Poland Has No Decision on Pension Contributions, Rostowski Says

Poland’s government hasn’t yet decided on whether it will cut contributions to privately managed pension funds to narrow the budget deficit, Finance Minister Jacek Rostowski said.

“Any information about the reduction in pension fund contributions is pure speculation at this stage,” Rostowski told the TVN24 television channel today. “We are only at the beginning of a general review of the pension system.”

The state may limit the transfers by taking over the part of the contributions that the funds would invest in bonds, the Warsaw-based newspaper Gazeta Wyborcza reported without saying where it got the information. The government is also considering shifting the assets that funds already hold in government securities into social security, it said.

The European Union’s largest eastern economy is facing its worst slowdown in 12 years. The budget deficit reached 61 percent of the annual target at the end of February as tax revenue declined. This year’s shortfall may be about 10 billion-zloty ($3.1 billion) more than planned, Citigroup Inc. said yesterday.

The zloty weakened 0.1 percent to 4.1911 per euro as of 11:02 a.m. in Warsaw. It has lost 2.5 percent this year, the fourth-worst performance among more than 20 emerging-market currencies tracked by Bloomberg, behind the South African rand, the Hungarian forint and the Czech koruna.

‘Tough’ Situation

While the budget situation is “tough,” the review of the pension system has “nothing to do” with the country’s fiscal situation, Rostowski said. Fourteen Polish pension funds managed 271 billion zloty of assets at the end of last year, with about 45 percent invested in government debt, according to financial regulator’s website.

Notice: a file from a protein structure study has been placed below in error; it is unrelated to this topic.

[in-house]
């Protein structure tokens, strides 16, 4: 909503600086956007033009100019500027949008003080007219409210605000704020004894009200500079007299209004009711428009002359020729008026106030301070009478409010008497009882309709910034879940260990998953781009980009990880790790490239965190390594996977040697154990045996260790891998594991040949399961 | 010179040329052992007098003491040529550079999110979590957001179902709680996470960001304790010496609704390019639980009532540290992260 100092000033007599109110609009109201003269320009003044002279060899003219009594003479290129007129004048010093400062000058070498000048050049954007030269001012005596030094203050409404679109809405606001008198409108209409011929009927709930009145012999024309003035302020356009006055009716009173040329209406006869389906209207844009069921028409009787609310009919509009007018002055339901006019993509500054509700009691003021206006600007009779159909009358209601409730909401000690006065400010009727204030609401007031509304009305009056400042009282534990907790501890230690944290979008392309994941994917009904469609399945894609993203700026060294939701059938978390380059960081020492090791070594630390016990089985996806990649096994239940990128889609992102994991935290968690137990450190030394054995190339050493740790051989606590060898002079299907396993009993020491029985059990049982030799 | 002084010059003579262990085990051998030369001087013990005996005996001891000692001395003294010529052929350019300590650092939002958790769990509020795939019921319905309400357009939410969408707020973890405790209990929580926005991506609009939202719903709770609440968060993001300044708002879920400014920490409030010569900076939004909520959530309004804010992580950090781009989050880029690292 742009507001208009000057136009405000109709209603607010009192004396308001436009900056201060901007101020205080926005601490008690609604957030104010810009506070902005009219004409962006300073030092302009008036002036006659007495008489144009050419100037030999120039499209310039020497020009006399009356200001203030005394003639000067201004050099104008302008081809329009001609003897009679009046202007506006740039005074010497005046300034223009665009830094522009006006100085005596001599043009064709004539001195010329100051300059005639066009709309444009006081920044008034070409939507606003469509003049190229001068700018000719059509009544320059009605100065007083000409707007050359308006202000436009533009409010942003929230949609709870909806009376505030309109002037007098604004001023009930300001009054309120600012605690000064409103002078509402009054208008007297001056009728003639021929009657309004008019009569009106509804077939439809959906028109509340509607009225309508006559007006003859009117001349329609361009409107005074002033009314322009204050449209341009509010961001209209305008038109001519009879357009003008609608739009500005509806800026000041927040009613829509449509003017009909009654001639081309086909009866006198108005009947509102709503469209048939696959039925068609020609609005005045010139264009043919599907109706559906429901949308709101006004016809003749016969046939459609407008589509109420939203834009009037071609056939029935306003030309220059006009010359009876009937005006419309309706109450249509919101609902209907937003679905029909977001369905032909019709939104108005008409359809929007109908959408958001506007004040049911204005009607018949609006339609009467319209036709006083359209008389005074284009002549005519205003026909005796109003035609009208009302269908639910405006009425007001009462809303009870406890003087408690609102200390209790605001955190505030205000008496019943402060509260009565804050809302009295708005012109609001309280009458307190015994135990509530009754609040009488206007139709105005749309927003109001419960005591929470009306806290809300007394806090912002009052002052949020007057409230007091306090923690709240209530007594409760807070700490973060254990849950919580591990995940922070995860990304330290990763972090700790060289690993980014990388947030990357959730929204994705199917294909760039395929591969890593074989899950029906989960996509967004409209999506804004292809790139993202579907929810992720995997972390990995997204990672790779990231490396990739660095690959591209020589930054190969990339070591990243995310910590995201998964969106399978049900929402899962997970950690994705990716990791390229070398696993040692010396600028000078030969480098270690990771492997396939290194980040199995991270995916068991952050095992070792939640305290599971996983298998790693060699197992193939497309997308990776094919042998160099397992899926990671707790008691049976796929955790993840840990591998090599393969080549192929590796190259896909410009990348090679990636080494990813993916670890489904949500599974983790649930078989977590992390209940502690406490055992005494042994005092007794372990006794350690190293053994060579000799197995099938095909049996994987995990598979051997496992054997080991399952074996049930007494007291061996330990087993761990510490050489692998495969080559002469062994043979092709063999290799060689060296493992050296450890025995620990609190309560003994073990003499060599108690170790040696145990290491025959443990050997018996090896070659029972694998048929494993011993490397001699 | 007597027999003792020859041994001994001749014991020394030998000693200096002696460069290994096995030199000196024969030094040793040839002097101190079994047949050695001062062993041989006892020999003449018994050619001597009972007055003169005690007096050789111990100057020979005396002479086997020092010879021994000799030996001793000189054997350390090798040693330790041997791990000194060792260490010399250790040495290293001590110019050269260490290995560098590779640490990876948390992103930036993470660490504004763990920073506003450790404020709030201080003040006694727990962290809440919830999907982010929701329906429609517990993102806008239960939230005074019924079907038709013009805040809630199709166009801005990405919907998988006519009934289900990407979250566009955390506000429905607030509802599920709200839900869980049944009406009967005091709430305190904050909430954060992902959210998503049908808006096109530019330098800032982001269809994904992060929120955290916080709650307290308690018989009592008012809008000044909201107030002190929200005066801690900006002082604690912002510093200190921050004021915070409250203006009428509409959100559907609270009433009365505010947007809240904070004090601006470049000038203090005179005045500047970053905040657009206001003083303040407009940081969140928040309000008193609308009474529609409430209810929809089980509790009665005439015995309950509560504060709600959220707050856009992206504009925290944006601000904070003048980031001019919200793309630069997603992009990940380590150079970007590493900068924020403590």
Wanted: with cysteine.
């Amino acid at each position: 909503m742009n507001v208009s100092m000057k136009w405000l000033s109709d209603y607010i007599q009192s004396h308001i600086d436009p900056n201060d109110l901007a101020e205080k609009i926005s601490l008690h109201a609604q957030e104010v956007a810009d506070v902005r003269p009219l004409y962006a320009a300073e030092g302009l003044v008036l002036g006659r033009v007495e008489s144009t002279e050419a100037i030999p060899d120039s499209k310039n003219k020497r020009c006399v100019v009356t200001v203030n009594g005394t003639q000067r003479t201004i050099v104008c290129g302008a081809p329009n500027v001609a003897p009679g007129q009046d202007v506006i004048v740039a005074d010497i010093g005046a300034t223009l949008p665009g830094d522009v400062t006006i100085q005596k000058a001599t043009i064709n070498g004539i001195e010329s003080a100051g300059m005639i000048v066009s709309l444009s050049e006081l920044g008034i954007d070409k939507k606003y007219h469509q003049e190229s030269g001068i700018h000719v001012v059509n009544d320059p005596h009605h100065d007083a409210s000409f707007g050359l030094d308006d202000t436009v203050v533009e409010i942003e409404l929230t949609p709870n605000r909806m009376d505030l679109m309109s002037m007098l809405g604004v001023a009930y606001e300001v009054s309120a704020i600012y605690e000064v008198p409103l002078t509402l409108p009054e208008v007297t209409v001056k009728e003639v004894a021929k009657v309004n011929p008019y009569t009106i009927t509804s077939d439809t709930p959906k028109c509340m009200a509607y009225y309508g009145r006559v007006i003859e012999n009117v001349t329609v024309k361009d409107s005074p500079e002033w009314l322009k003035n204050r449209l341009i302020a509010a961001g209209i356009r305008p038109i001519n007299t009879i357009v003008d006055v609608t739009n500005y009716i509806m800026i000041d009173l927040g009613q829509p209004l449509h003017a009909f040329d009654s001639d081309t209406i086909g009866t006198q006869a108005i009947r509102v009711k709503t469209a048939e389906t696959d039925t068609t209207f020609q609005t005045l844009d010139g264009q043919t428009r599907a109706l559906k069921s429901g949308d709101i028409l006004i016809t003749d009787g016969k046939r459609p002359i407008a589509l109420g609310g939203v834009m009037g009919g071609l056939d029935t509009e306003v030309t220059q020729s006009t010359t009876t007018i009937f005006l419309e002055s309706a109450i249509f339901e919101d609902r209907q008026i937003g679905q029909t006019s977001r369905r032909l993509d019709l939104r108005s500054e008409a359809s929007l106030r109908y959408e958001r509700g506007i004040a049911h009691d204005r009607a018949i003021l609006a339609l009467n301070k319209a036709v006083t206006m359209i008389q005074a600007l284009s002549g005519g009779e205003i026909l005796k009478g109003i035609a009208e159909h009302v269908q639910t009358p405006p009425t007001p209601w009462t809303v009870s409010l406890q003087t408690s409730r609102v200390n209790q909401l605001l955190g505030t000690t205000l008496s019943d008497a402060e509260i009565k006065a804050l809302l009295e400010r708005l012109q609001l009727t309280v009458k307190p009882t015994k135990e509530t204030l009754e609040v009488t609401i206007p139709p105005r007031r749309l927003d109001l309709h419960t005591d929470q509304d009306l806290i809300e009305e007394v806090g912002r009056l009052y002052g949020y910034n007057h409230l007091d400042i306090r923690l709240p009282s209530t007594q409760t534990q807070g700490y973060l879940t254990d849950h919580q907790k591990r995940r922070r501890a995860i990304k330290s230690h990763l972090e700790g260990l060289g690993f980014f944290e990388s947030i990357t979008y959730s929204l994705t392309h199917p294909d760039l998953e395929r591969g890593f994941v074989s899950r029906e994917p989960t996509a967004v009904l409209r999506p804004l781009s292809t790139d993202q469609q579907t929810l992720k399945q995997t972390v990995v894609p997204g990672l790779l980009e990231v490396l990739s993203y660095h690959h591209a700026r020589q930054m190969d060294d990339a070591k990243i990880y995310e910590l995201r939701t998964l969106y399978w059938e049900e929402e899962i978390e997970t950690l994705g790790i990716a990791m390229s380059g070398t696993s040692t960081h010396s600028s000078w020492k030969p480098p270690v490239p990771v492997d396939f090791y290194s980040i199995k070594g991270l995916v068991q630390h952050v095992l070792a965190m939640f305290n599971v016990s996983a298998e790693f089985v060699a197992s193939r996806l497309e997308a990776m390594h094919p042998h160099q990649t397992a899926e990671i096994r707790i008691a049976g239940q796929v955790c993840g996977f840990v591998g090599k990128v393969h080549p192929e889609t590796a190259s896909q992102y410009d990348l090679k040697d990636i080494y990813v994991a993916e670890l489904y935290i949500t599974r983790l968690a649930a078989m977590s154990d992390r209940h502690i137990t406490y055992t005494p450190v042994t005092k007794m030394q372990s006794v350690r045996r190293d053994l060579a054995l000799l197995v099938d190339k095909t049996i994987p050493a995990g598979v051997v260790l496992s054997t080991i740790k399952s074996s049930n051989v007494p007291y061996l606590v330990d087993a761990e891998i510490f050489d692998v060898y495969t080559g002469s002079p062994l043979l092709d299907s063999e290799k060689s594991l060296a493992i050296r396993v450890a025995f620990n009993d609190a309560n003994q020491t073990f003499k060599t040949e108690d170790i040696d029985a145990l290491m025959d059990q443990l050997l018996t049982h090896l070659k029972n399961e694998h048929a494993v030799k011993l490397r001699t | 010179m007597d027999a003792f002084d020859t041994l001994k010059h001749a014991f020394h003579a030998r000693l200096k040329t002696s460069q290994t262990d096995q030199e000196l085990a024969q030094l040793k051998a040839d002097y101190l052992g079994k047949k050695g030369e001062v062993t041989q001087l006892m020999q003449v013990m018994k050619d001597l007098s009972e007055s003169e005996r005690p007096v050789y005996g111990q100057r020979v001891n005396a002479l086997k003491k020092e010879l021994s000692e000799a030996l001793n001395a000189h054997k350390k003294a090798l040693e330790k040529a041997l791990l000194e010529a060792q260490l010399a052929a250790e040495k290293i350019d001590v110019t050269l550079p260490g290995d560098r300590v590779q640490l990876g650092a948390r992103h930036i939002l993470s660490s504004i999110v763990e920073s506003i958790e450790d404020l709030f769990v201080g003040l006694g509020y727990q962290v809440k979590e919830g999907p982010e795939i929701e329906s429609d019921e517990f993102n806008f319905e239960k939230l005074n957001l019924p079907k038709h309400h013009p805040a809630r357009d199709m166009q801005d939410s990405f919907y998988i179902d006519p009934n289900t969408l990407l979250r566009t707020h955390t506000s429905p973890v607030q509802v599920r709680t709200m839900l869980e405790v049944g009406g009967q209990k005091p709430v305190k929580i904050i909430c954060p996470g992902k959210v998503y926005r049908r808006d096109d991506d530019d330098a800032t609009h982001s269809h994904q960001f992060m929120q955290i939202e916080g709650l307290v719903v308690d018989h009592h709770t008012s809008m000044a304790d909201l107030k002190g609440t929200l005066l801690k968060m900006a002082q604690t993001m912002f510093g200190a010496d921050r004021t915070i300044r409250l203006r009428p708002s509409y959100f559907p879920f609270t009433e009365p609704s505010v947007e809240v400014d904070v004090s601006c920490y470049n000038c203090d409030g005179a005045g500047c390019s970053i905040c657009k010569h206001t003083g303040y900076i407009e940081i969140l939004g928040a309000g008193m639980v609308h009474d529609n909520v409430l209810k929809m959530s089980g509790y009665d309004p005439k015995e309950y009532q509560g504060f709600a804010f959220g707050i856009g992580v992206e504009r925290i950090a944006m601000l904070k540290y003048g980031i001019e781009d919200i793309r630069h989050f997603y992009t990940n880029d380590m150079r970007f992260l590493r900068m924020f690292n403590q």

“It’s not a money grab,” Rostowski said. “That’s out of the question.”

The government in 2011 reduced cash transfers to privately-managed pension funds to 2.3 percent of a worker’s pay from 7.3 percent to help narrow the deficit and trim public debt. It also pledged to gradually increase the level of contributions to 3.5 percent.

Eastern EU members including Poland in 1999 diverted pension contributions from the pay-as-you go state system to private accounts to set up a model that the 27-nation bloc said would be more sustainable. The overhaul sapped their budgets of funds to pay current retirees. Two years ago, Hungary took over $13 billion in privately-managed pension assets to meet EU-imposed deficit targets.

In a separate report today, Dziennik Gazeta Prawna said the Labor Ministry is working on a plan to shift mandatory contributions and savings from the pension funds to the social security system 10 years before retirement. It didn’t say where it got the information.

The government will present proposals for how to pay out retirement benefits from the privately managed system by May or June, Rostowski said today.

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